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Anthony David - 'Acey Duecy'

Bluesy Soul

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Anthony David - 'Acey Duecy'
Image © Soulbird/Universal Republic Records.
Anthony David's major-label debut, Acey Duecy (released in the U.S. on June 24, 2008) is a good old-fashioned bluesy Soul album that once again gives credence to the theory that Atlanta is the current home for the most creative R&B and Soul music being made in America today. The album is a treasure trove of strong songwriting, live instrumentation and sparse production which proves that less really can actually be more. The only drawback to the album is that most of it is culled from his two previous, independently-released albums, but if you haven't heard his music yet, this serves as a nice introduction.

Strong Songwriting

Acey Duecy starts off a little slow, but it's not that the first three songs on the album are bad, it's just that they seem tailor-made to appeal to a wide audience. The songs - "Stop Playin'," "Something About You," (a remake of the mid-80s Level 42 song) and "Smoke One," all have big, catchy, simple hooks and the kind of Soulful melodies that you're likely to hear on any adult contemporary radio station in the U.S. It isn't until the fourth song, "Words," featuring India.Arie, that the album really starts to hit its stride.

"Words" (stream the video here) is a soaring love song with vocals so lush they sound the the musical equivalent of a river of honey. The chemistry between the two singers is very good, which should come as no surprise, since the two are good friends, both live in Atlanta and they've collaborated in the past. Anthony, who sounds like a cross between the gritty Anthony Hamilton and the smooth Bill Withers, is even signed to Universal Republic through India's Soulbird Records. Along with "Words," another great duet on the album is "Lady," a slow-burning R&B/Soul ballad featuring Keisha Jackson, daughter of legendary singer Millie Jackson. On "Lady," which is about a man changing his bad ways after falling in love, and other songs on the album, Anthony's knack for strong songwriting shines through. Many of the songs on Acey Duecy, tell stories, and its on these stories where Anthony gets real.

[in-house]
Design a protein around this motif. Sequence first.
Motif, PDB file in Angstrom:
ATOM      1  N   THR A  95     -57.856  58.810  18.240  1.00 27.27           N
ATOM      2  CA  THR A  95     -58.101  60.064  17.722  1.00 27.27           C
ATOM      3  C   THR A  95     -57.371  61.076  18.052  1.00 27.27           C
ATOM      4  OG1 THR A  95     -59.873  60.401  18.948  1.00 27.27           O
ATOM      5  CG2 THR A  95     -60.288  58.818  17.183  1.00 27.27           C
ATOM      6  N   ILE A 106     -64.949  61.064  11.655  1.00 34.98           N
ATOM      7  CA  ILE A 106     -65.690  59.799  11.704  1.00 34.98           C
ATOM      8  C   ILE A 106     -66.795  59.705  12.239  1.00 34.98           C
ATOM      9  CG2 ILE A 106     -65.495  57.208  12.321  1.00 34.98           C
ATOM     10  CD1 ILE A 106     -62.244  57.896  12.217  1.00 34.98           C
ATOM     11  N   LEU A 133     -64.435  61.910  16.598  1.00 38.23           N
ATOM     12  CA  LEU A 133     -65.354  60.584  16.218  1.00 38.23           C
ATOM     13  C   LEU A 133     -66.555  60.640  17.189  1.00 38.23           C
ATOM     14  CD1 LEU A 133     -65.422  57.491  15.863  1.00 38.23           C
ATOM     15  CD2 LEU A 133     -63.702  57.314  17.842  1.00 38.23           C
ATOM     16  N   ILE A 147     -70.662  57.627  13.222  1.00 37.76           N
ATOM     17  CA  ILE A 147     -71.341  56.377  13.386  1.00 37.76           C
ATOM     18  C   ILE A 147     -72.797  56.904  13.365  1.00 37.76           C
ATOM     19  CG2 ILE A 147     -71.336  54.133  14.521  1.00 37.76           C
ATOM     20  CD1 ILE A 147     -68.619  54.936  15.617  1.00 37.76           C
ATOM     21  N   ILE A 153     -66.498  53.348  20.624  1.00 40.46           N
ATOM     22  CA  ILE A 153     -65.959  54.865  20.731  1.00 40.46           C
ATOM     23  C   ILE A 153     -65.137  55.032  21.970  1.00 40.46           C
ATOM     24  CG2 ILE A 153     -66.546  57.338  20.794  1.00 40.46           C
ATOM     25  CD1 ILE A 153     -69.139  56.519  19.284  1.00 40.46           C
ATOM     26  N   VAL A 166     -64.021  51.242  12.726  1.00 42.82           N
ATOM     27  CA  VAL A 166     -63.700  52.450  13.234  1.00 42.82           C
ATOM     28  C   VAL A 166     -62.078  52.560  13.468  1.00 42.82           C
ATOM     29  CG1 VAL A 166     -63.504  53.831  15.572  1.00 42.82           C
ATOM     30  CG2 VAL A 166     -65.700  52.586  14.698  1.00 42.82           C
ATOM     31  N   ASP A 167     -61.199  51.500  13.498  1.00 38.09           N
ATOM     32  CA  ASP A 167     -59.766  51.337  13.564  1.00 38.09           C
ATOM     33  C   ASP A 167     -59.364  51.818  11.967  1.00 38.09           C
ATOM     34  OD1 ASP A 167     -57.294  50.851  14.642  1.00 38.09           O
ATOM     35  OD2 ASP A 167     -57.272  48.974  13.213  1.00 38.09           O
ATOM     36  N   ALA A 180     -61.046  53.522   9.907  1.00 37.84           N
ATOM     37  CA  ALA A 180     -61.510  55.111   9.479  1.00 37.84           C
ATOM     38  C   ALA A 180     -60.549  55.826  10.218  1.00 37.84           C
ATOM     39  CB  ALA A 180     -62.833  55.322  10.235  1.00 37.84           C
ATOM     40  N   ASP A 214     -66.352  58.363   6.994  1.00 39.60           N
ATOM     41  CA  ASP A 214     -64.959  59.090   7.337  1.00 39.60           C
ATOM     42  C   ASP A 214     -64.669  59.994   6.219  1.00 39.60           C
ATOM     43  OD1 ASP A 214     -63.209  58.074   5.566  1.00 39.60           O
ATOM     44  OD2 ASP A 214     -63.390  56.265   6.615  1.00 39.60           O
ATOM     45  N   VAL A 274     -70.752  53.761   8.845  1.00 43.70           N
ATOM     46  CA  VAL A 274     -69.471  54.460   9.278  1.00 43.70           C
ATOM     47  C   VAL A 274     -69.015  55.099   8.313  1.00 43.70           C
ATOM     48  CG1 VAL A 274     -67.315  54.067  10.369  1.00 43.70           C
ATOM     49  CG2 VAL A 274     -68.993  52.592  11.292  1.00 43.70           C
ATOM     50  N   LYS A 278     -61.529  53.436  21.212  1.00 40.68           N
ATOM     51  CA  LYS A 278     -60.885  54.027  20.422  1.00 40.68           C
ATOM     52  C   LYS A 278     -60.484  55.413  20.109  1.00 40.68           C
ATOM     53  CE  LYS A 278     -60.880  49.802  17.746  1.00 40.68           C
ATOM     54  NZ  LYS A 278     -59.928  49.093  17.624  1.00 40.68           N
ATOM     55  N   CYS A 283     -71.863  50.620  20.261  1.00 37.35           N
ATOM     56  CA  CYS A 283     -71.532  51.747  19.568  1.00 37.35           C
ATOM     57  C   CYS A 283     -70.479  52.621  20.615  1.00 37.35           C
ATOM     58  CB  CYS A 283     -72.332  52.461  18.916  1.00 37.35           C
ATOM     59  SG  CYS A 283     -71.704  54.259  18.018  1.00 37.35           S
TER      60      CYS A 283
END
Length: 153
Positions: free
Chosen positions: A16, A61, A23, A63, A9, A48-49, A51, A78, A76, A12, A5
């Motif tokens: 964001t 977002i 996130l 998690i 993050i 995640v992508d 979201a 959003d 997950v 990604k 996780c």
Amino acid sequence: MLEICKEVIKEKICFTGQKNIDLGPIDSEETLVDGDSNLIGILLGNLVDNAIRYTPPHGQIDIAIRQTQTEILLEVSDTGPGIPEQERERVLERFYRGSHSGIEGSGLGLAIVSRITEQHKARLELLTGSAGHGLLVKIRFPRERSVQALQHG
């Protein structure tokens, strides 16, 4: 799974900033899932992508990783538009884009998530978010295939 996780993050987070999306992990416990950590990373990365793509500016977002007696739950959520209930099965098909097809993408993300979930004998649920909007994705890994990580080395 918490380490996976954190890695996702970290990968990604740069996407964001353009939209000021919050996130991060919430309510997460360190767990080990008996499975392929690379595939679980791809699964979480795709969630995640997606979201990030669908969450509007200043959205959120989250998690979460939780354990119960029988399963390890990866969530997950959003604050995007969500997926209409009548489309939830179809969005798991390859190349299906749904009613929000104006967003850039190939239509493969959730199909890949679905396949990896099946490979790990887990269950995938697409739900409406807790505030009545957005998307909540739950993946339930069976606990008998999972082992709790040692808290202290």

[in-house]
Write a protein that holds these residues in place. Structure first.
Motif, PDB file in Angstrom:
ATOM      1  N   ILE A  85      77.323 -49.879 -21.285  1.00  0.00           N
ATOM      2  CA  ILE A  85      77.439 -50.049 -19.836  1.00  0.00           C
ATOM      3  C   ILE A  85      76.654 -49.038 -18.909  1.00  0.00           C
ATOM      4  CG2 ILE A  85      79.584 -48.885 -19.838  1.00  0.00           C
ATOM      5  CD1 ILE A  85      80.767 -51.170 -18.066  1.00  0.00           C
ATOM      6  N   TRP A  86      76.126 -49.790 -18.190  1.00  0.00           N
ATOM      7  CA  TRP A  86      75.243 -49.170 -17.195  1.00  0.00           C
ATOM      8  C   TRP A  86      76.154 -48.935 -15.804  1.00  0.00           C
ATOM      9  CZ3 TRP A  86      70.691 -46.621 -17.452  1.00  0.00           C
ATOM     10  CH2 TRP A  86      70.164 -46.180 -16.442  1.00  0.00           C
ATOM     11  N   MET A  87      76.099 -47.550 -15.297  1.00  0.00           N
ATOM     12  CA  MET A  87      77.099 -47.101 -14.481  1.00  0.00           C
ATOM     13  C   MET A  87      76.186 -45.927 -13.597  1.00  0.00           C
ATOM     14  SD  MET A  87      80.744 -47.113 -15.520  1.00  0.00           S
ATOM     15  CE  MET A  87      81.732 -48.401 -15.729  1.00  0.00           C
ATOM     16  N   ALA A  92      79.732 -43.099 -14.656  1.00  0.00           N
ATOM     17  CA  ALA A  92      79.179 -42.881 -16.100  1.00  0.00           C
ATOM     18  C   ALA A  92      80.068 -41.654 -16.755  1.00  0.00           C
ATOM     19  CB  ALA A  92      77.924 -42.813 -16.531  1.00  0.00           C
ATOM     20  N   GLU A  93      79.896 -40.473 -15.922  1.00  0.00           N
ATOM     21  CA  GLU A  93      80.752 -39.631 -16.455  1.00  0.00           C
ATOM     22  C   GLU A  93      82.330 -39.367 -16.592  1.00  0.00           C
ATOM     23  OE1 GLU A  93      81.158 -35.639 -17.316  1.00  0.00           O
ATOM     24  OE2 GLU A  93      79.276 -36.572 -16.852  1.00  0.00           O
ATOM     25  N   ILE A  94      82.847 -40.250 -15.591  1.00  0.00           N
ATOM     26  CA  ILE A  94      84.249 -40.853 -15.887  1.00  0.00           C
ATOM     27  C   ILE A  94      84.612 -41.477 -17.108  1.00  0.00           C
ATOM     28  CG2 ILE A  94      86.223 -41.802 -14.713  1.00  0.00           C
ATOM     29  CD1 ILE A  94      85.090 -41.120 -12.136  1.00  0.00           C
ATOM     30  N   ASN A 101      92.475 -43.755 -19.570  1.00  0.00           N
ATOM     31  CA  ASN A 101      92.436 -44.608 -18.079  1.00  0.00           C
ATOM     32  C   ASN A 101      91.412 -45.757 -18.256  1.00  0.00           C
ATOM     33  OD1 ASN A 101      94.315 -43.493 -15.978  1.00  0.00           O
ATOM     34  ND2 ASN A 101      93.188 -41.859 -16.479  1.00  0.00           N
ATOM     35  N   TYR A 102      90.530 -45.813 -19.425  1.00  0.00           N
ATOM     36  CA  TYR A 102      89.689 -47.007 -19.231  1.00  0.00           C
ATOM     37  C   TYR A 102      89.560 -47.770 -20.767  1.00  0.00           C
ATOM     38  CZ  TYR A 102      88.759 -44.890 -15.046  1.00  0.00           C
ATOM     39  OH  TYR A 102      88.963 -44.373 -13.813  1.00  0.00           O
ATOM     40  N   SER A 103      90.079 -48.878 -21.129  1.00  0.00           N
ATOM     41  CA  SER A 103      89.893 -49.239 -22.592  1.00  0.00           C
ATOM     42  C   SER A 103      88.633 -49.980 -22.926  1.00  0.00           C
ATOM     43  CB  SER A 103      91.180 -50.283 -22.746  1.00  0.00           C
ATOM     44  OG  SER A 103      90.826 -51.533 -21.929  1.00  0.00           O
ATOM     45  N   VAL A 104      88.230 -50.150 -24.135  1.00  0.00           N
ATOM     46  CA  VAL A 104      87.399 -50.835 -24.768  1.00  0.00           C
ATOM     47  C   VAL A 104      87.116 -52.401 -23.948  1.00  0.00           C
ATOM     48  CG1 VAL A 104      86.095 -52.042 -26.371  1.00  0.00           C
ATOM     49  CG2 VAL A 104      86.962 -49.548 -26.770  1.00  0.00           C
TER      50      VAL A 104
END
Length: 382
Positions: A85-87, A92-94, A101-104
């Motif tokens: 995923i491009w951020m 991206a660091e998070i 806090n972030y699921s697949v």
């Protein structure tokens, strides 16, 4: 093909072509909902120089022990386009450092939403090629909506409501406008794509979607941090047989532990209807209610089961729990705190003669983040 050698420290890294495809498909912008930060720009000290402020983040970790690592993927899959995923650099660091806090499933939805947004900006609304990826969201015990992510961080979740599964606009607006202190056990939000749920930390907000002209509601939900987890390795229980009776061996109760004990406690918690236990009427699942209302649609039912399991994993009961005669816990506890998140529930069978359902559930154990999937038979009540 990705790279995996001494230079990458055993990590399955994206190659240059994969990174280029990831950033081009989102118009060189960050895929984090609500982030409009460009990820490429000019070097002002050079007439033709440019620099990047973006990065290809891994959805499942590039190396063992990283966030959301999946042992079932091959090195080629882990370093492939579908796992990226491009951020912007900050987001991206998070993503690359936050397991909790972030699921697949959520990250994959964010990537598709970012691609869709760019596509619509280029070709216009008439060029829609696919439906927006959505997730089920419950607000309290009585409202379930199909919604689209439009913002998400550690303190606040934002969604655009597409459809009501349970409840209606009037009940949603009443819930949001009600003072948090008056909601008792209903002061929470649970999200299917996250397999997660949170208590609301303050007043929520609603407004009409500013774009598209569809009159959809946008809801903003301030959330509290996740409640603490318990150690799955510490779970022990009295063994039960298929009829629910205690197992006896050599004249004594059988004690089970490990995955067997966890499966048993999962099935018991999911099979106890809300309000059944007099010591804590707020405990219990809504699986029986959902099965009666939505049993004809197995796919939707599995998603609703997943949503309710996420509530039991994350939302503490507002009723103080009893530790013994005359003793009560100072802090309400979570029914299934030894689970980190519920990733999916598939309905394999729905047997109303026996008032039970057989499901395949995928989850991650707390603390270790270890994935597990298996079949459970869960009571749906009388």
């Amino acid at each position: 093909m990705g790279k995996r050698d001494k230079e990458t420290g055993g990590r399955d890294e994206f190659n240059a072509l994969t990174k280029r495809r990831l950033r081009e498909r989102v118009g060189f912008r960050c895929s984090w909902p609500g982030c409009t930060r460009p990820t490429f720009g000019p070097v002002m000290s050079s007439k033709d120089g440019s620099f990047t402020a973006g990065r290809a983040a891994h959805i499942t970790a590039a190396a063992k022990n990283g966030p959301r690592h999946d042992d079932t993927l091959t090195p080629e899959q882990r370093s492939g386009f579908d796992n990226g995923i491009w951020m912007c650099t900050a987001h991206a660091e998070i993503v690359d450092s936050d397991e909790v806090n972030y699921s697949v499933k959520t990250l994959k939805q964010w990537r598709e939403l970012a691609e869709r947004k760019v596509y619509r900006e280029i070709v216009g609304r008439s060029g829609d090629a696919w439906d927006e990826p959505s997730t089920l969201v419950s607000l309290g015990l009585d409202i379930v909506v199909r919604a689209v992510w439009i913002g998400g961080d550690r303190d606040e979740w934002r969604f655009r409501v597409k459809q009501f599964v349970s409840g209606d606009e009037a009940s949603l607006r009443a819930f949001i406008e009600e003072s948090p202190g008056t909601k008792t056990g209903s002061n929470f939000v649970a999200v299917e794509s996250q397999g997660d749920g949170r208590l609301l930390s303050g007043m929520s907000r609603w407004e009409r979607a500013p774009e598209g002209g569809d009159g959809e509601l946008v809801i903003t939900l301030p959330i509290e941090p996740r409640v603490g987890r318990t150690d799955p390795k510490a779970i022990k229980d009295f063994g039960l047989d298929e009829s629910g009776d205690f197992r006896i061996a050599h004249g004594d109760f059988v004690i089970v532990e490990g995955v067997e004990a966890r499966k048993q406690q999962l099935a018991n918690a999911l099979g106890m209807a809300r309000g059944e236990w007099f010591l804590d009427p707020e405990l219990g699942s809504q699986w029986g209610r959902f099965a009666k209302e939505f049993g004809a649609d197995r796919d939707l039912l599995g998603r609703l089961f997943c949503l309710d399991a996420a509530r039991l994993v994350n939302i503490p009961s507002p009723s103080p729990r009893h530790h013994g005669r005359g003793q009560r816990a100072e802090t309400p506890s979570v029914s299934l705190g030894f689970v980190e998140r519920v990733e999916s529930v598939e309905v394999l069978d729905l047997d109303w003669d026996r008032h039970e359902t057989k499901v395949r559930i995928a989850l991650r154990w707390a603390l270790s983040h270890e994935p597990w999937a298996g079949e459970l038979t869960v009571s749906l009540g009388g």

Well Done

Image © Soulbird/Universal Republic Records.
On "Spittin' Game" for instance, Anthony shows that he's a ladies man who definitely knows how to verbally seduce a woman: "I'll walk on air, I'll walk on fire, I'll do anything to get you, baby," he sweetly sings. "I'll give you what you need, and what you desire, I'll make your every waking thought about me." Other songs, such as the family reunion jam "Kinfolk," the ode to Southern girls "GA Peach," and especially the 3 a.m. booty call song "Cold Turkey" are all well-written, well-performed, well-arranged songs that are solid from top to bottom.

But the album's crown jewel is arguably the confessional "Cheatin' Man," an incredibly complicated - and profoundly sad - bluesy number where Anthony portrays a man who feels guilt and shame over following in his father's footsteps: "When I was a young boy I used to watch my daddy play, in my heart I'd always say he was wrong," he sings. "Now that I'm older, I find its time to settle down 'cause I need some love around to make me whole/But somethin' is funny; things I swore I'd never do I find myself fallin' a victim to."

If there's any knock on Acey Duecy, it's that there's not enough new material; of its 11 songs, almost all were originally on Anthony's two little-known indies releases: 2006's Red Clay Chronicles and 2004's Three Chords & the Truth. But if you haven't heard any of Anthony's previous work and/or you're a fan of bluesy Soul music, you might enjoy this album.

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